Print

Print


Peter has culled out the most poignant aspect. 

That is if we change the measures by which the medical community established
guidelines, how will we ever be able to apply the evidence that has been
accumulated over the past years of studies on febrile infants? 

I think rectal temps are still the best way to detect low grade fevers. I
don't think they should be done in triage especially if the child is exposed
to the entire waiting room. That strikes me as humiliating for the child and
just because they can't verbalize it, it is another way adults minimalist a
child's rights to privacy and control over their own bodies. 

If other less intrusive methods yield a temperature thought to represent a
fever, great! However I think confirmation in the privacy of an exam room is
warranted. If there is a high index of suspicion but the alternative methods
failed to detect, rectal confirmation is again warranted. For the multitude
of kids who are suspected of having had a fever but in whom the temp is
normal via some non invasive method and or who are acting normally, nothing
further should be necessary. Seems to me the sick ones "bubble" up if left
alone. 

Just my 2 cents,

Marty


------------------------------------
Pediatric Emergency Specialists, P.C.
Martin Herman, M.D.,FAAP,FACEP
President
[log in to unmask]
PO box 637
Ellendale TN 38029
tel: 901 405 1407
fax: 901 405 1524
mobile: 901 219 9202 
------------------------------------

-----Original Message-----
From: Pediatric Emergency Medicine Discussion List
[mailto:[log in to unmask]] On Behalf Of Peter Auerbach
Sent: Tuesday, February 12, 2008 8:06 PM
To: [log in to unmask]
Subject: Re: Tympanic temps

Thanks for making this point,
with which I agree completely.
It's not that a rectal temp is as "accurate" as a "core body temperture" (as
if that matters anyway),
it's that a rectal temperature is what has been used the most by the medical
community to come up with arbitrary fever standards to help guide
decision-making.
If we all decide to use some other type of temperature measurement in very
young infants, fine, but what are the chances that everyone's going to agree
on that?!



> Date: Tue, 12 Feb 2008 19:34:52 -0600
> From: [log in to unmask]
> Subject: Re: Tympanic temps
> To: [log in to unmask]
> 
> Isn't the rectal temp the "gold standard"?  I mean isn't it the next best
to
> core temperature that we can access? I realize that core temp is the body
> temp when measured via an indwelling probe and that the next best
surrogate
> is  an esophageal probe but really isn't the rectal temp what the entire
> medical community has used for decades to decide who is sick and who
isn't? 
> 
> 
> Marty
> 
> 
> ------------------------------------
> Pediatric Emergency Specialists, P.C.
> Martin Herman, M.D.,FAAP,FACEP
> President
> [log in to unmask]
> PO box 637
> Ellendale TN 38029
> tel: 901 405 1407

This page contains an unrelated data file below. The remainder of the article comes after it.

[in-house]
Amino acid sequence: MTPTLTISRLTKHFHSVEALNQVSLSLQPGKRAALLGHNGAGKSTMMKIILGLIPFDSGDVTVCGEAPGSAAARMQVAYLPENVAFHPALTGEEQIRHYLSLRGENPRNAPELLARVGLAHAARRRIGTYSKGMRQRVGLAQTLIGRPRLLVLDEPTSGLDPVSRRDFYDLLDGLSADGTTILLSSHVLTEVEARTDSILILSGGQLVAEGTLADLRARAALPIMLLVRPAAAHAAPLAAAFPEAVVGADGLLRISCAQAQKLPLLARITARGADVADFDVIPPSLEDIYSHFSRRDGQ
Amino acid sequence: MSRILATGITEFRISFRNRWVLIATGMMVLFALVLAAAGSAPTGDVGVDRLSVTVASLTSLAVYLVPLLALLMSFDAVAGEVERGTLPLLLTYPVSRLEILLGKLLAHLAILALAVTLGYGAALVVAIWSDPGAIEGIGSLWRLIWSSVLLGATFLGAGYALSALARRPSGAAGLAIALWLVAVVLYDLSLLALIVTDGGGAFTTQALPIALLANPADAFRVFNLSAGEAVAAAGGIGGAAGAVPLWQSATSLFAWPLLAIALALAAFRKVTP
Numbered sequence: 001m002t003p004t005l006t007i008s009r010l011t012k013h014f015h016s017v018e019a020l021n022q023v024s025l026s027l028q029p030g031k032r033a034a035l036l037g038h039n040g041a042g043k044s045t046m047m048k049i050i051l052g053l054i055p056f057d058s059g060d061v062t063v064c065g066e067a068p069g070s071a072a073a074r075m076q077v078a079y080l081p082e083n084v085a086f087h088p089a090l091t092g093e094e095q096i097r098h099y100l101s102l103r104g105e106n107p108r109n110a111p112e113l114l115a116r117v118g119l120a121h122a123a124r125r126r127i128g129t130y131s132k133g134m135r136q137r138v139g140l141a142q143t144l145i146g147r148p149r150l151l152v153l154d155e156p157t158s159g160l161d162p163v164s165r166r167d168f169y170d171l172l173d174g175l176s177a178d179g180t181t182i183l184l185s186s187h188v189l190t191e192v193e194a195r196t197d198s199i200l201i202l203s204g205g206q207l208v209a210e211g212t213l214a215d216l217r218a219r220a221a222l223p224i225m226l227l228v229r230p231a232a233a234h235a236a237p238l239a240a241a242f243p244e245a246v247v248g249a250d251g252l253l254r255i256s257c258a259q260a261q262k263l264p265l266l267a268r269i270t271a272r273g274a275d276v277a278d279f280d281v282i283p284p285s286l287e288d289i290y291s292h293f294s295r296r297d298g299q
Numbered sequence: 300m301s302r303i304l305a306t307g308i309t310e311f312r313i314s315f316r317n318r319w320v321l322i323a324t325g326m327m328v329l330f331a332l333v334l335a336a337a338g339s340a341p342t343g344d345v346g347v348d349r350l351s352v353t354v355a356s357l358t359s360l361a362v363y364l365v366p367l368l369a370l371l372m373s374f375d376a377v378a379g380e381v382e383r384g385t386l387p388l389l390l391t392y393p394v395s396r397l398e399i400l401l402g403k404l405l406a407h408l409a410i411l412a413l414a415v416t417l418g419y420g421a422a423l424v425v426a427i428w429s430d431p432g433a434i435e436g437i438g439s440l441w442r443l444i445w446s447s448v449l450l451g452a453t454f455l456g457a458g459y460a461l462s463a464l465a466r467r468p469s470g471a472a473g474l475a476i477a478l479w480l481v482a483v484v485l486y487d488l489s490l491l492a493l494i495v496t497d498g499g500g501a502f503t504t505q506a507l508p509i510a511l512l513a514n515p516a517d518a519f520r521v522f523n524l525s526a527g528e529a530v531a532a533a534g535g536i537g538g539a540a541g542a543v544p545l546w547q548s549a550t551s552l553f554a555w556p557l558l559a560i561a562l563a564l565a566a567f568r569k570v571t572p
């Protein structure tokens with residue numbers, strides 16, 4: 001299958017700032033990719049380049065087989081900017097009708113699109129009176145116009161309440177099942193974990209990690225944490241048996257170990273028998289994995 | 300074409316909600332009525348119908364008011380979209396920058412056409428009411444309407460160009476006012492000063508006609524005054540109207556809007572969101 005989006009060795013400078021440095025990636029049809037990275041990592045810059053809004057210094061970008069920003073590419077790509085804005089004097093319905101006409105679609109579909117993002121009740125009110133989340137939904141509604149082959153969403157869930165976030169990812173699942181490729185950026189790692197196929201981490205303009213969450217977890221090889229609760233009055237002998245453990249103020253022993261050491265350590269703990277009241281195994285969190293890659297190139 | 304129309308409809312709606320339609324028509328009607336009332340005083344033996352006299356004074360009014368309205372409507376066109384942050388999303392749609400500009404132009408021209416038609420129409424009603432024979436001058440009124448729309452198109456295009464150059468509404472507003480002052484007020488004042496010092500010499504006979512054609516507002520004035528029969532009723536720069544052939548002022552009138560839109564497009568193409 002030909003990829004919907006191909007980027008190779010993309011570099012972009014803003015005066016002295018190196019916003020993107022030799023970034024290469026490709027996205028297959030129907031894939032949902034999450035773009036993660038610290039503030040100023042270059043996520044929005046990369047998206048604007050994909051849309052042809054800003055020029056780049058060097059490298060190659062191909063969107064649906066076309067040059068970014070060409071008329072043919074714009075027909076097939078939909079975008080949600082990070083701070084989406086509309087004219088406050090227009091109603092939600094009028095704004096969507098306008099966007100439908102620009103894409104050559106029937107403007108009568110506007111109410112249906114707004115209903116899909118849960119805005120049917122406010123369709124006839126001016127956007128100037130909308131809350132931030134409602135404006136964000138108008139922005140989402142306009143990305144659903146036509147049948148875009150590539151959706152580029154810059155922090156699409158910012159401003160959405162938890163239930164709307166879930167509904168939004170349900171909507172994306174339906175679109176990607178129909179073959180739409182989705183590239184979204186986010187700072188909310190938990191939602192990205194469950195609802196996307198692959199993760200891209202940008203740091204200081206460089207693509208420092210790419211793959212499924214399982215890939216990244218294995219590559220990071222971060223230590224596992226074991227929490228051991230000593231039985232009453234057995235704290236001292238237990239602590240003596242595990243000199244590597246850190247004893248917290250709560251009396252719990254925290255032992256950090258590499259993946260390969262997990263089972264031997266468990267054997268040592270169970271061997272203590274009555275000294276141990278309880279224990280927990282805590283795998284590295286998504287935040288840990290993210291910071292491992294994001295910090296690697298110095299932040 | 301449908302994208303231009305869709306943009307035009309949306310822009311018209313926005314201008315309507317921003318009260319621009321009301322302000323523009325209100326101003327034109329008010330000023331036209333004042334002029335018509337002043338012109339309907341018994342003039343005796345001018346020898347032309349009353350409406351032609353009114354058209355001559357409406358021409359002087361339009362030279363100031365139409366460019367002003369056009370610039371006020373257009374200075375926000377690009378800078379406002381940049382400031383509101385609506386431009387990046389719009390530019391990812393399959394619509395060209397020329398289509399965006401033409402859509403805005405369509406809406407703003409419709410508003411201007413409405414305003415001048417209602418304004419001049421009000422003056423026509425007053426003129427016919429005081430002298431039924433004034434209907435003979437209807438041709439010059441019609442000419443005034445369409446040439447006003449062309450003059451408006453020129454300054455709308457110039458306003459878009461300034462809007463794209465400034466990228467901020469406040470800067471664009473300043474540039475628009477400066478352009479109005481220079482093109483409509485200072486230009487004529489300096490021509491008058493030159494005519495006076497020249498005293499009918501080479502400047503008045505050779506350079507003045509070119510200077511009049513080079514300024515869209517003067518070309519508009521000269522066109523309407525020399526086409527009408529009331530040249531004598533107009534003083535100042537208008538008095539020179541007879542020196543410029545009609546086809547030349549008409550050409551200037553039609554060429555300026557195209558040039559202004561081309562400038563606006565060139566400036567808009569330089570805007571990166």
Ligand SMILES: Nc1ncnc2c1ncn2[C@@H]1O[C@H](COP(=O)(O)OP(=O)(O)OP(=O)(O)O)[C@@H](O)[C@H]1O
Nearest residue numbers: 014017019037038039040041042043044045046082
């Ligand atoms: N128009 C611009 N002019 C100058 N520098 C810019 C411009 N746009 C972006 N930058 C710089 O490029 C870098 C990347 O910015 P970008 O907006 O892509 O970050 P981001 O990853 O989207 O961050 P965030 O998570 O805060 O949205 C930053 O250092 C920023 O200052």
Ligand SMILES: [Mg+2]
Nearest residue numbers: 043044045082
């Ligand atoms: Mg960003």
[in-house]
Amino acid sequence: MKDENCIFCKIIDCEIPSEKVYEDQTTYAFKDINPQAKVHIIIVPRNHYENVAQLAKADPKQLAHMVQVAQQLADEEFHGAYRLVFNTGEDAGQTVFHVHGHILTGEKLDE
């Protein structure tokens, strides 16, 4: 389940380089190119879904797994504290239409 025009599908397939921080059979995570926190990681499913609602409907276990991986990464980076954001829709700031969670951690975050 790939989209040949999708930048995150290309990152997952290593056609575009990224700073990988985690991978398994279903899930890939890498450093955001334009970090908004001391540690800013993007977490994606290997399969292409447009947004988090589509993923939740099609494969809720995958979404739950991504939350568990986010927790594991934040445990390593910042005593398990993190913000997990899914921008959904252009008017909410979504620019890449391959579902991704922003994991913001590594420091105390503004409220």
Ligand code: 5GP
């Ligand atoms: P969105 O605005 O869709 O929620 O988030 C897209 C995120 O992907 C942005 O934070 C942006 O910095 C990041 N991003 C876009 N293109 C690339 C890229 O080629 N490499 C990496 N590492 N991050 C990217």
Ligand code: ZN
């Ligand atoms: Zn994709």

> fax: 901 405 1524
> mobile: 901 219 9202 
> ------------------------------------
> -----Original Message-----
> From: Pediatric Emergency Medicine Discussion List
> [mailto:[log in to unmask]] On Behalf Of Chamberlain, Jim
> Sent: Tuesday, February 12, 2008 4:19 PM
> To: [log in to unmask]
> Subject: Re: Tympanic temps
> 
> Rectal temperature is inaccurate compared to core body temperature. When
> temperature is changing (as in febrile conditions), rectal lags behind
> other sites (esophageal, oral, tympanic, and infrared ear thermometer)
> by 20-30 minutes.
> 
> Rectal temperature is also non-hygienic.
> 
> James Chamberlain, MD
> Division Chief, Emergency Medicine
> Children's National Medical Center
> Washington, DC
> 202.476.3253 Office
> 202.476.3573 Fax
> 202.476.5433 Emergency Access
>  
> 
> -----Original Message-----
> From: Pediatric Emergency Medicine Discussion List
> [mailto:[log in to unmask]] On Behalf Of Julia Whitefield
> Sent: Tuesday, February 12, 2008 1:37 AM
> To: [log in to unmask]
> Subject: Tympanic temps
> 
> Dear all, I am finally breaking down... while in favor of rectal temps
> in < 36 months old... I don't feel like having to re-invent the wheel:
> who of you do tympanic temps in your ED - do you have good literature
> support? - and how many of you are in support of rectal temps? I thought
> we had cleared that issue for once and for all - but I guess not! Would
> you please give me your input?
> Thank you so
> Julia S. Whitefield MD, Ph.D.
> UNM
> ABQ, NM
> For more information, send mail to [log in to unmask] with the
> message: info PED-EM-L
> The URL for the PED-EM-L Web Page is:
>   http://www.brown.edu/Administration/Emergency_Medicine/ped-em-l.html
> 
> Confidentiality Notice: This e-mail message, including any attachments, is
> for the sole use of the intended 
> recipient(s) and may contain confidential and privileged information. Any
> unauthorized review, use, disclosure or distribution is prohibited. 
> If you are not the intended recipient, please contact the sender by reply
> e-mail and destroy all copies of the original message.
> 
> For more information, send mail to [log in to unmask] with the
> message: info PED-EM-L
> The URL for the PED-EM-L Web Page is:
>   http://www.brown.edu/Administration/Emergency_Medicine/ped-em-l.html
> 
> For more information, send mail to [log in to unmask] with the
message: info PED-EM-L
> The URL for the PED-EM-L Web Page is:
>   http://www.brown.edu/Administration/Emergency_Medicine/ped-em-l.html

For more information, send mail to [log in to unmask] with the
message: info PED-EM-L
The URL for the PED-EM-L Web Page is:
  http://www.brown.edu/Administration/Emergency_Medicine/ped-em-l.html

For more information, send mail to [log in to unmask] with the message: info PED-EM-L
The URL for the PED-EM-L Web Page is:
  http://www.brown.edu/Administration/Emergency_Medicine/ped-em-l.html